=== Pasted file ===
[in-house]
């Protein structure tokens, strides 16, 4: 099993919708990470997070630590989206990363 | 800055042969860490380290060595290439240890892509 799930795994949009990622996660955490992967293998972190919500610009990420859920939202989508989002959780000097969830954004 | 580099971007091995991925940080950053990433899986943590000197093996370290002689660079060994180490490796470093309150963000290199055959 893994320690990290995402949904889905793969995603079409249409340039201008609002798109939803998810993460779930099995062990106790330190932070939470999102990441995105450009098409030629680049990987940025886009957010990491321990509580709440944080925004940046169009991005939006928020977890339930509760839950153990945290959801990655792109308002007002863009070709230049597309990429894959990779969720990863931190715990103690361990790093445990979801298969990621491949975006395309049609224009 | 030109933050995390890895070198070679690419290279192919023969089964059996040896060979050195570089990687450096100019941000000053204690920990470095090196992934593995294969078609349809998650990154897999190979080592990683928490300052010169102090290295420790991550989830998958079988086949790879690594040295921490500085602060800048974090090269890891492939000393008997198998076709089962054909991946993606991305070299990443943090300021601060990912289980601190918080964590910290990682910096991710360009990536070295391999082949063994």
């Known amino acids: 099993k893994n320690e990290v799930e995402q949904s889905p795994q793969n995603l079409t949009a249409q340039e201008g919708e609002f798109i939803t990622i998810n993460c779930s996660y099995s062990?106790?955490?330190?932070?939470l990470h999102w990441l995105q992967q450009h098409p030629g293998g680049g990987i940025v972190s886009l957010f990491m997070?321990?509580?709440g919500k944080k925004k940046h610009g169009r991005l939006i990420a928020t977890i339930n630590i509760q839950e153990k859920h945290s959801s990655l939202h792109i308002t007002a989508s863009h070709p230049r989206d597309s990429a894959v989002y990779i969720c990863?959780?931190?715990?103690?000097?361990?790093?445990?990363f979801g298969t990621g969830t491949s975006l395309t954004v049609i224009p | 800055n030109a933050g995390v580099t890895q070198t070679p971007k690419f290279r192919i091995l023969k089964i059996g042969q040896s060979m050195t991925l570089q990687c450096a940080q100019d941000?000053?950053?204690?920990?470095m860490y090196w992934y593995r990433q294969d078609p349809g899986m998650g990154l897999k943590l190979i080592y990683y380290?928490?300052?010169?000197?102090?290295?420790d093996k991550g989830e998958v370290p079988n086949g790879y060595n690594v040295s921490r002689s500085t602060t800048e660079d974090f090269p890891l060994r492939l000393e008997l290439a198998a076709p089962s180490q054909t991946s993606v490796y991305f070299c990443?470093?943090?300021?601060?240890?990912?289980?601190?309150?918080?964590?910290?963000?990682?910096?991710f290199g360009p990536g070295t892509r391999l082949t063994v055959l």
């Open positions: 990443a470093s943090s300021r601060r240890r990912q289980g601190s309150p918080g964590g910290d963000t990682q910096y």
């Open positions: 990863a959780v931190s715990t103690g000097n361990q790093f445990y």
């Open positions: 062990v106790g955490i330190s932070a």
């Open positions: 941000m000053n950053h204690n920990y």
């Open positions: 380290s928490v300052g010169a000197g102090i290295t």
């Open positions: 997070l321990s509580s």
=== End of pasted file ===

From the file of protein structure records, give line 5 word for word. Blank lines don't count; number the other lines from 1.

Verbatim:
């Open positions: 990863a959780v931190s715990t103690g000097n361990q790093f445990y």